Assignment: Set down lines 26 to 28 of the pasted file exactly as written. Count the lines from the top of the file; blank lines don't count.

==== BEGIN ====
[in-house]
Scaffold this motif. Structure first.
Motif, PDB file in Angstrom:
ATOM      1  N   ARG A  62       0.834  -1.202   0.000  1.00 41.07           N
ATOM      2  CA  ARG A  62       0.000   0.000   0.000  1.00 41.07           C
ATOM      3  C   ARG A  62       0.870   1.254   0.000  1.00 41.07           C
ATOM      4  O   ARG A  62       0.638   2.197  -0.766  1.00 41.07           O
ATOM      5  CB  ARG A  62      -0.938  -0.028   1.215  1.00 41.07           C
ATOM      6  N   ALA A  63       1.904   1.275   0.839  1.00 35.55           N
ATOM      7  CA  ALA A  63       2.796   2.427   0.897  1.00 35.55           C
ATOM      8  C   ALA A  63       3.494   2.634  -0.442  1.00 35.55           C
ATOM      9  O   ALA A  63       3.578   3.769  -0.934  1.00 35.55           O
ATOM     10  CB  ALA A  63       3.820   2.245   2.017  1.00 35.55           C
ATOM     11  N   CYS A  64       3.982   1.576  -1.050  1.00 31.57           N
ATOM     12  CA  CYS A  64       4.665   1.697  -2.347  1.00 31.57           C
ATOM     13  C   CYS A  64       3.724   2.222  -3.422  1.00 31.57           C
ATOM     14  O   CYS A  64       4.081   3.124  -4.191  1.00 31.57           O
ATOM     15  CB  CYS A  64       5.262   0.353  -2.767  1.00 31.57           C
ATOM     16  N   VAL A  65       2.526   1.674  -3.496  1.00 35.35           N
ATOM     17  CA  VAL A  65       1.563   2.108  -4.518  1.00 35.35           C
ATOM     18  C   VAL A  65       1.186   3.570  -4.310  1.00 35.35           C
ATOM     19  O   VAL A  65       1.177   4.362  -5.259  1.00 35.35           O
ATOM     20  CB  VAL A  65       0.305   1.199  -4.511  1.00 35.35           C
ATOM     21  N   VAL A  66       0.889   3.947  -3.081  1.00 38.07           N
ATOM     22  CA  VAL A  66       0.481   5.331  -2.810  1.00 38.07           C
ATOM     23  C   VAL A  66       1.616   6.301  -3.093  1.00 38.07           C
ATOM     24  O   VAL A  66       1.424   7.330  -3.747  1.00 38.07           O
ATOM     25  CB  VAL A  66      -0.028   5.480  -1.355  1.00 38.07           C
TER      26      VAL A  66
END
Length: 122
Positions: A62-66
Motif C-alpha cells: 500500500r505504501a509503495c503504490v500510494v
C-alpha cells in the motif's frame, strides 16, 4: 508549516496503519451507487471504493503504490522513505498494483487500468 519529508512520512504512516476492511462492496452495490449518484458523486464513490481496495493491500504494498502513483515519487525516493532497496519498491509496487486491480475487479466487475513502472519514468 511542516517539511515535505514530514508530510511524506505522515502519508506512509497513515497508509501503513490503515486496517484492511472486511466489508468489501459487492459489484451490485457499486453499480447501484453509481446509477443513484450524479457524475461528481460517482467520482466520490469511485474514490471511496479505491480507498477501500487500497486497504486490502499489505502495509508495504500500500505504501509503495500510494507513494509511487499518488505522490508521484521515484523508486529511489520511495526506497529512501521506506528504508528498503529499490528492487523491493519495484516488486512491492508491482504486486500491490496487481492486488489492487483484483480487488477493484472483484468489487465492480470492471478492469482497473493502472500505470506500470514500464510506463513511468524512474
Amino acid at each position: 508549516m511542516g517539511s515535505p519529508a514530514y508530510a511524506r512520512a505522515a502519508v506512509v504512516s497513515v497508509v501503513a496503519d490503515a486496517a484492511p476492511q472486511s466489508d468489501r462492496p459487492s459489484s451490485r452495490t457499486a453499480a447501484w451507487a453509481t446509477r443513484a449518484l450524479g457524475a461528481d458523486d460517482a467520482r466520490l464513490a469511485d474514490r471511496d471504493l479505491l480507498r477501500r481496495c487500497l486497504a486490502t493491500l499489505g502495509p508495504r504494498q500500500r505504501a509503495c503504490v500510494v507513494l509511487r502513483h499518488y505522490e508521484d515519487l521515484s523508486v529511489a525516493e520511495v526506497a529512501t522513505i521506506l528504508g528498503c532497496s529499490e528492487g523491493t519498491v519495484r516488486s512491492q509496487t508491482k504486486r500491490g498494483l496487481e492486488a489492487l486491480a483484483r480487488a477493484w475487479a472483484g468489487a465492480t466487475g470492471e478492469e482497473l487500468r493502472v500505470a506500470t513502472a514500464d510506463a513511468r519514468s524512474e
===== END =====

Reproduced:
ATOM     23  C   VAL A  66       1.616   6.301  -3.093  1.00 38.07           C
ATOM     24  O   VAL A  66       1.424   7.330  -3.747  1.00 38.07           O
ATOM     25  CB  VAL A  66      -0.028   5.480  -1.355  1.00 38.07           C